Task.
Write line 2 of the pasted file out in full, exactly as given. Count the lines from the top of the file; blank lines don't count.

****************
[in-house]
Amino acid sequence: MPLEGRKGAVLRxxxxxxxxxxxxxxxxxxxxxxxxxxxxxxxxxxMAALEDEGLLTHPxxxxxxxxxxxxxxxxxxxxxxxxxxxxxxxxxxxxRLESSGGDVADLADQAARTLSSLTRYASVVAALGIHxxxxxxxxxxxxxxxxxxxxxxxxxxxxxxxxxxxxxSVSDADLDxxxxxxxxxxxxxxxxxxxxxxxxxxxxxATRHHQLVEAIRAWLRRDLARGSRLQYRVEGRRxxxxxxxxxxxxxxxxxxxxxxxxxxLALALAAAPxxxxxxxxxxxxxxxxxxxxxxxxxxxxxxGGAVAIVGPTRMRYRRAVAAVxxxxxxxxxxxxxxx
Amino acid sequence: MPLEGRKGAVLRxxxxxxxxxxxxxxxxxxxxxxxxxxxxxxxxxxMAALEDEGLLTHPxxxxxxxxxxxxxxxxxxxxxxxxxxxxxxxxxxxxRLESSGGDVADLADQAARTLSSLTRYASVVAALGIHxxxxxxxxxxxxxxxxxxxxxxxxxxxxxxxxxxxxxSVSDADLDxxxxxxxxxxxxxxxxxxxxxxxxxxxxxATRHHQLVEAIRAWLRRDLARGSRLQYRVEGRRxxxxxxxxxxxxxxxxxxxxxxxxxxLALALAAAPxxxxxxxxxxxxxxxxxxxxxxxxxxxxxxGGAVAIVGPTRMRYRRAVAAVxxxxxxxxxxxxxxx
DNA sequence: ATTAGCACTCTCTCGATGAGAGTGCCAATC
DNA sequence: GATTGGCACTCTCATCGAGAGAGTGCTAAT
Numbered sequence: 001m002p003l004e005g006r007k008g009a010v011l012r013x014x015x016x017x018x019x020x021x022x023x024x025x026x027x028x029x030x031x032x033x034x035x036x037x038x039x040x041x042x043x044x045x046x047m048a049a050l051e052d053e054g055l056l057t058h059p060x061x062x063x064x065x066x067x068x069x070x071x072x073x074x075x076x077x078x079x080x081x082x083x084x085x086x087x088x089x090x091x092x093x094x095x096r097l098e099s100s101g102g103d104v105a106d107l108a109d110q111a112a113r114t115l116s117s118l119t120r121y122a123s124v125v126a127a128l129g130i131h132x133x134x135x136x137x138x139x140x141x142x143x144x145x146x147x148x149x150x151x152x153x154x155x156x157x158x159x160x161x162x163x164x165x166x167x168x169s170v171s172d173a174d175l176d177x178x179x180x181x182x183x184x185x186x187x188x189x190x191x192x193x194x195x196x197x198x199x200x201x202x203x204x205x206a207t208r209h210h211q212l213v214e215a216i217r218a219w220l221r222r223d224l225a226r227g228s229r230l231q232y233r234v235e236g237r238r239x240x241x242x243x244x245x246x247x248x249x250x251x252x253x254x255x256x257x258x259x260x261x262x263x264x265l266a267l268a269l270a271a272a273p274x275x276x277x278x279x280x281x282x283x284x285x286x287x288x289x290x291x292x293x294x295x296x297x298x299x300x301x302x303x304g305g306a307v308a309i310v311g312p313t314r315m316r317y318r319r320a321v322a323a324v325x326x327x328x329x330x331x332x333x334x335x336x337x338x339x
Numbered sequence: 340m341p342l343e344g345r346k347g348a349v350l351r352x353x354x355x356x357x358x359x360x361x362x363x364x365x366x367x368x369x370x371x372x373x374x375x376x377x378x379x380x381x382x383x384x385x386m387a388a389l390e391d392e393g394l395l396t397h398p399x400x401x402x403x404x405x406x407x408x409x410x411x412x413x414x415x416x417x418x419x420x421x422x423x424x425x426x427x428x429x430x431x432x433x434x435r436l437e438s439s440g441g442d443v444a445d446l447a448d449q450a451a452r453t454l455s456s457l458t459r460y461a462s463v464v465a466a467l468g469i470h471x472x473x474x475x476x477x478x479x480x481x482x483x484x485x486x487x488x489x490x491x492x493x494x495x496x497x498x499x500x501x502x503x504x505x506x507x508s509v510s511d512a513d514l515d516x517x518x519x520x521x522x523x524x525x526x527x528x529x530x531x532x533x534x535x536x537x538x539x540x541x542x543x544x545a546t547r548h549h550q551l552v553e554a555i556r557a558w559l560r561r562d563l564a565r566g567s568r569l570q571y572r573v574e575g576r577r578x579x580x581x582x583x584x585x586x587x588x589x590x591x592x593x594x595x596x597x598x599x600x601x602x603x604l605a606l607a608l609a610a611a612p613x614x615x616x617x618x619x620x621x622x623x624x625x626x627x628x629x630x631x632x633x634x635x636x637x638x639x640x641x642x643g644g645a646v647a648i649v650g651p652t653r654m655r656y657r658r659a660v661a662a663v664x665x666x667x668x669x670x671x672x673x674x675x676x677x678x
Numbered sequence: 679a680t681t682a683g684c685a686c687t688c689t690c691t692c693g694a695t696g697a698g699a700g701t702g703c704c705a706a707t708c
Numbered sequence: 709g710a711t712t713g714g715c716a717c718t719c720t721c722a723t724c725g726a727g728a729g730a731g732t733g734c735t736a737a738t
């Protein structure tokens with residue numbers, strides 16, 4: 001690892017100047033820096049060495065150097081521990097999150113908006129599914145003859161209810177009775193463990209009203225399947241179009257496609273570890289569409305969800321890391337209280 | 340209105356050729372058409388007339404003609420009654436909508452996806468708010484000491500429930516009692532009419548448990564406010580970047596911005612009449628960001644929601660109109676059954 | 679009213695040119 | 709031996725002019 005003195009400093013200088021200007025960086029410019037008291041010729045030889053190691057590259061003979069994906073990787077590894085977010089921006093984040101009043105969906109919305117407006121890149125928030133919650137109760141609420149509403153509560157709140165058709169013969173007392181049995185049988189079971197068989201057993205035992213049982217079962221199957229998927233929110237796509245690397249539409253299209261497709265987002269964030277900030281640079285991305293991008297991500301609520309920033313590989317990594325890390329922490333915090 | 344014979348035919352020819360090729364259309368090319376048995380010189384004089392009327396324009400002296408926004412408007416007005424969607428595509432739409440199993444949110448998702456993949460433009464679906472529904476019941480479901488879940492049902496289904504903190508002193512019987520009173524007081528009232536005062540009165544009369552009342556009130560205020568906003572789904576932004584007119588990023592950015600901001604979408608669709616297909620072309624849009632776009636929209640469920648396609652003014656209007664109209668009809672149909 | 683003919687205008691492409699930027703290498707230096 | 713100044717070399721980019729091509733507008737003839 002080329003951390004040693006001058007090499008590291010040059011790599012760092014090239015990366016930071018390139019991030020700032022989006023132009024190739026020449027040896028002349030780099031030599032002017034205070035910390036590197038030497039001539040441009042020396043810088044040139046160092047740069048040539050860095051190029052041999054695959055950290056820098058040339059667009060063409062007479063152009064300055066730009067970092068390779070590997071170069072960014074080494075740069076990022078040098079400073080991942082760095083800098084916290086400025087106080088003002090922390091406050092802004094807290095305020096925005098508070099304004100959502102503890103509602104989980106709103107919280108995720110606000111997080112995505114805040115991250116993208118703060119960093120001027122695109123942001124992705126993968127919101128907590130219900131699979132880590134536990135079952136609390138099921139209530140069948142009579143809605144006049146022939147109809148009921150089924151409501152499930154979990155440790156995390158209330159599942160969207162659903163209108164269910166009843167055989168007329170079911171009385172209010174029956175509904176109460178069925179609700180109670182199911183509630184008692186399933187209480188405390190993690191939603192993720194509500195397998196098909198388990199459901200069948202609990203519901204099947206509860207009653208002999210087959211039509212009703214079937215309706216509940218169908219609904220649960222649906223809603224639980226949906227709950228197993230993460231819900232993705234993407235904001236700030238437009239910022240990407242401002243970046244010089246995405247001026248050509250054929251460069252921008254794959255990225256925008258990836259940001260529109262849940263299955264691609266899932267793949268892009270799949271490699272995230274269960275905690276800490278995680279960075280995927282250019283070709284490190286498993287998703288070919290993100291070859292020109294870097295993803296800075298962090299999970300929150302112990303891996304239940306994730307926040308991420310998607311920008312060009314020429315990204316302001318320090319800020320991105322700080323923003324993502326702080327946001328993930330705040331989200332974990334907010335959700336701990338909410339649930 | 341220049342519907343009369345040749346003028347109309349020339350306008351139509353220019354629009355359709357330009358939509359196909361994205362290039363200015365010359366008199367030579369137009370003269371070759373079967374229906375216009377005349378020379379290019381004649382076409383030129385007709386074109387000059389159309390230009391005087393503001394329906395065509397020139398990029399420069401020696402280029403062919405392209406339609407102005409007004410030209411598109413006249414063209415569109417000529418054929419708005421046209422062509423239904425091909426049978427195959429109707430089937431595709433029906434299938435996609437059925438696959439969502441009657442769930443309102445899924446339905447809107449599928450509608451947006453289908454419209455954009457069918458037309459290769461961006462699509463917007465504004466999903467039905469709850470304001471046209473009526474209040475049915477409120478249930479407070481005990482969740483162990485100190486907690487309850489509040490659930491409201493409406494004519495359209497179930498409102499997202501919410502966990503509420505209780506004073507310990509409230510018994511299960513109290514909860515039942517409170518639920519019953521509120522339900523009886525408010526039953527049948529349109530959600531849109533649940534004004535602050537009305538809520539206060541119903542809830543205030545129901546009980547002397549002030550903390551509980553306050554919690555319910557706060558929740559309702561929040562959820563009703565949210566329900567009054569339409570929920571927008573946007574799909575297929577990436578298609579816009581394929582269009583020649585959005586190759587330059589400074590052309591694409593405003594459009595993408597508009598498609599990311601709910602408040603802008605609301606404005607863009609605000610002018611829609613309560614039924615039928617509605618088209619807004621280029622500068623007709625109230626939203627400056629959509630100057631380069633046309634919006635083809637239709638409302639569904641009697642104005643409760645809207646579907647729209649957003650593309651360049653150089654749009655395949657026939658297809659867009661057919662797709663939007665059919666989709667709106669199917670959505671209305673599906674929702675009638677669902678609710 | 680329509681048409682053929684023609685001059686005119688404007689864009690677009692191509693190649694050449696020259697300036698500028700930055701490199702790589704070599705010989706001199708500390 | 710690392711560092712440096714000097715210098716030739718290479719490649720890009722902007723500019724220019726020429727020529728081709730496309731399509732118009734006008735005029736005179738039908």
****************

Amino acid sequence: MPLEGRKGAVLRxxxxxxxxxxxxxxxxxxxxxxxxxxxxxxxxxxMAALEDEGLLTHPxxxxxxxxxxxxxxxxxxxxxxxxxxxxxxxxxxxxRLESSGGDVADLADQAARTLSSLTRYASVVAALGIHxxxxxxxxxxxxxxxxxxxxxxxxxxxxxxxxxxxxxSVSDADLDxxxxxxxxxxxxxxxxxxxxxxxxxxxxxATRHHQLVEAIRAWLRRDLARGSRLQYRVEGRRxxxxxxxxxxxxxxxxxxxxxxxxxxLALALAAAPxxxxxxxxxxxxxxxxxxxxxxxxxxxxxxGGAVAIVGPTRMRYRRAVAAVxxxxxxxxxxxxxxx